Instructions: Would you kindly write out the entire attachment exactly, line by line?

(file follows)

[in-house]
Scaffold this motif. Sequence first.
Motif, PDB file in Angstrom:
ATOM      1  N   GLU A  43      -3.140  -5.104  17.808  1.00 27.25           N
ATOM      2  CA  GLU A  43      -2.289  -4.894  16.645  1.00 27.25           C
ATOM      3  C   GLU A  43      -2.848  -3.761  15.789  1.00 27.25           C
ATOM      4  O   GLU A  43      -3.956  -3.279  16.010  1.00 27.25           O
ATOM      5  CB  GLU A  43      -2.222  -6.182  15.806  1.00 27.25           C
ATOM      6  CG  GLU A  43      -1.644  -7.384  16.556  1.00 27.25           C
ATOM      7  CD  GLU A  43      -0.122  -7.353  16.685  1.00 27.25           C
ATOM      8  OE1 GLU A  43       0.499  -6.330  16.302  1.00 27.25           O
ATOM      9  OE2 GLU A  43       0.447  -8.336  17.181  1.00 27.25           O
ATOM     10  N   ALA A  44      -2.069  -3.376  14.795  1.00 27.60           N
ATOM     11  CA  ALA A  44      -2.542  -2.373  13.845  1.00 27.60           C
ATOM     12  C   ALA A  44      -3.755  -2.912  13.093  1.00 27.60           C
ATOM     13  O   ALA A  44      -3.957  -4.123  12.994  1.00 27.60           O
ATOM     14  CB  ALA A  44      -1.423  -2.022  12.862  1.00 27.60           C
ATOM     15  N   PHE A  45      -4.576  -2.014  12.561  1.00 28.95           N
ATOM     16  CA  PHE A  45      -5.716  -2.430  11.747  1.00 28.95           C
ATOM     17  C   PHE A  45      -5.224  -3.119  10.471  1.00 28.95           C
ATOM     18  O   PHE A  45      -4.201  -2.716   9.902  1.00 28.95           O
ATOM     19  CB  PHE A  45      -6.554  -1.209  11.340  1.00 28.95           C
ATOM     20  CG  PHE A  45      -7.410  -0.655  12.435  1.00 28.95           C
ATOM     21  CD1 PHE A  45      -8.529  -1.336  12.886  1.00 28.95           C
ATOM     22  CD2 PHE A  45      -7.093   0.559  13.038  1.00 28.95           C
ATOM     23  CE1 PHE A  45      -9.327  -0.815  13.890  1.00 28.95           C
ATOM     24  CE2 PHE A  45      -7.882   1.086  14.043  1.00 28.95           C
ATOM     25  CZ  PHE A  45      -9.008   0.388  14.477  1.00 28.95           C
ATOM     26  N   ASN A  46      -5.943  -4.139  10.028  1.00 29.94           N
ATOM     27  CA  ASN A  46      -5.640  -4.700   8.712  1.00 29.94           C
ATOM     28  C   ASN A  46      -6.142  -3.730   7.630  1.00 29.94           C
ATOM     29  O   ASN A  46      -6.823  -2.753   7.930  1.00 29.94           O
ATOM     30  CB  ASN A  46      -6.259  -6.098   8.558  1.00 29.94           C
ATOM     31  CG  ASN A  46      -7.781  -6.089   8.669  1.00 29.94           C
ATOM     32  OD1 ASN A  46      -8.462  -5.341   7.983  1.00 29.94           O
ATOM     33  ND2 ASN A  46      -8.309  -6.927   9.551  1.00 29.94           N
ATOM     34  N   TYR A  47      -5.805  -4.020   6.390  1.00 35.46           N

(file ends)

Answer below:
[in-house]
Scaffold this motif. Sequence first.
Motif, PDB file in Angstrom:
ATOM      1  N   GLU A  43      -3.140  -5.104  17.808  1.00 27.25           N
ATOM      2  CA  GLU A  43      -2.289  -4.894  16.645  1.00 27.25           C
ATOM      3  C   GLU A  43      -2.848  -3.761  15.789  1.00 27.25           C
ATOM      4  O   GLU A  43      -3.956  -3.279  16.010  1.00 27.25           O
ATOM      5  CB  GLU A  43      -2.222  -6.182  15.806  1.00 27.25           C
ATOM      6  CG  GLU A  43      -1.644  -7.384  16.556  1.00 27.25           C
ATOM      7  CD  GLU A  43      -0.122  -7.353  16.685  1.00 27.25           C
ATOM      8  OE1 GLU A  43       0.499  -6.330  16.302  1.00 27.25           O
ATOM      9  OE2 GLU A  43       0.447  -8.336  17.181  1.00 27.25           O
ATOM     10  N   ALA A  44      -2.069  -3.376  14.795  1.00 27.60           N
ATOM     11  CA  ALA A  44      -2.542  -2.373  13.845  1.00 27.60           C
ATOM     12  C   ALA A  44      -3.755  -2.912  13.093  1.00 27.60           C
ATOM     13  O   ALA A  44      -3.957  -4.123  12.994  1.00 27.60           O
ATOM     14  CB  ALA A  44      -1.423  -2.022  12.862  1.00 27.60           C
ATOM     15  N   PHE A  45      -4.576  -2.014  12.561  1.00 28.95           N
ATOM     16  CA  PHE A  45      -5.716  -2.430  11.747  1.00 28.95           C
ATOM     17  C   PHE A  45      -5.224  -3.119  10.471  1.00 28.95           C
ATOM     18  O   PHE A  45      -4.201  -2.716   9.902  1.00 28.95           O
ATOM     19  CB  PHE A  45      -6.554  -1.209  11.340  1.00 28.95           C
ATOM     20  CG  PHE A  45      -7.410  -0.655  12.435  1.00 28.95           C
ATOM     21  CD1 PHE A  45      -8.529  -1.336  12.886  1.00 28.95           C
ATOM     22  CD2 PHE A  45      -7.093   0.559  13.038  1.00 28.95           C
ATOM     23  CE1 PHE A  45      -9.327  -0.815  13.890  1.00 28.95           C
ATOM     24  CE2 PHE A  45      -7.882   1.086  14.043  1.00 28.95           C
ATOM     25  CZ  PHE A  45      -9.008   0.388  14.477  1.00 28.95           C
ATOM     26  N   ASN A  46      -5.943  -4.139  10.028  1.00 29.94           N
ATOM     27  CA  ASN A  46      -5.640  -4.700   8.712  1.00 29.94           C
ATOM     28  C   ASN A  46      -6.142  -3.730   7.630  1.00 29.94           C
ATOM     29  O   ASN A  46      -6.823  -2.753   7.930  1.00 29.94           O
ATOM     30  CB  ASN A  46      -6.259  -6.098   8.558  1.00 29.94           C
ATOM     31  CG  ASN A  46      -7.781  -6.089   8.669  1.00 29.94           C
ATOM     32  OD1 ASN A  46      -8.462  -5.341   7.983  1.00 29.94           O
ATOM     33  ND2 ASN A  46      -8.309  -6.927   9.551  1.00 29.94           N
ATOM     34  N   TYR A  47      -5.805  -4.020   6.390  1.00 35.46           N